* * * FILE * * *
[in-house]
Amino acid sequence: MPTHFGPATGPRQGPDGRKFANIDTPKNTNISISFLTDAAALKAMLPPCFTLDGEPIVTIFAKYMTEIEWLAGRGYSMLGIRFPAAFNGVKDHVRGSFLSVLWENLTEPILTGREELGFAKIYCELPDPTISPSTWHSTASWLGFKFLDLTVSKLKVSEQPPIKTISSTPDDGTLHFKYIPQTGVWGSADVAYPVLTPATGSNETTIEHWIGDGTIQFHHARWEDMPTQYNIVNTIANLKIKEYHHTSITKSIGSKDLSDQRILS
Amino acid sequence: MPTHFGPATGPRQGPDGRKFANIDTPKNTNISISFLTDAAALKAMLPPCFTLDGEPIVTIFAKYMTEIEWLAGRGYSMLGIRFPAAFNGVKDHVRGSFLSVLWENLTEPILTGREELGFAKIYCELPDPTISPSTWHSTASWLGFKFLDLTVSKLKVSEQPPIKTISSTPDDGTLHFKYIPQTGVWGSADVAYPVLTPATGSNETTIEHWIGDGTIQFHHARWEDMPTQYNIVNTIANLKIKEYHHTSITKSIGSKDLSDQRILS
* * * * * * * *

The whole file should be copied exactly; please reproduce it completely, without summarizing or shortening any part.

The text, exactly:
[in-house]
Amino acid sequence: MPTHFGPATGPRQGPDGRKFANIDTPKNTNISISFLTDAAALKAMLPPCFTLDGEPIVTIFAKYMTEIEWLAGRGYSMLGIRFPAAFNGVKDHVRGSFLSVLWENLTEPILTGREELGFAKIYCELPDPTISPSTWHSTASWLGFKFLDLTVSKLKVSEQPPIKTISSTPDDGTLHFKYIPQTGVWGSADVAYPVLTPATGSNETTIEHWIGDGTIQFHHARWEDMPTQYNIVNTIANLKIKEYHHTSITKSIGSKDLSDQRILS
Amino acid sequence: MPTHFGPATGPRQGPDGRKFANIDTPKNTNISISFLTDAAALKAMLPPCFTLDGEPIVTIFAKYMTEIEWLAGRGYSMLGIRFPAAFNGVKDHVRGSFLSVLWENLTEPILTGREELGFAKIYCELPDPTISPSTWHSTASWLGFKFLDLTVSKLKVSEQPPIKTISSTPDDGTLHFKYIPQTGVWGSADVAYPVLTPATGSNETTIEHWIGDGTIQFHHARWEDMPTQYNIVNTIANLKIKEYHHTSITKSIGSKDLSDQRILS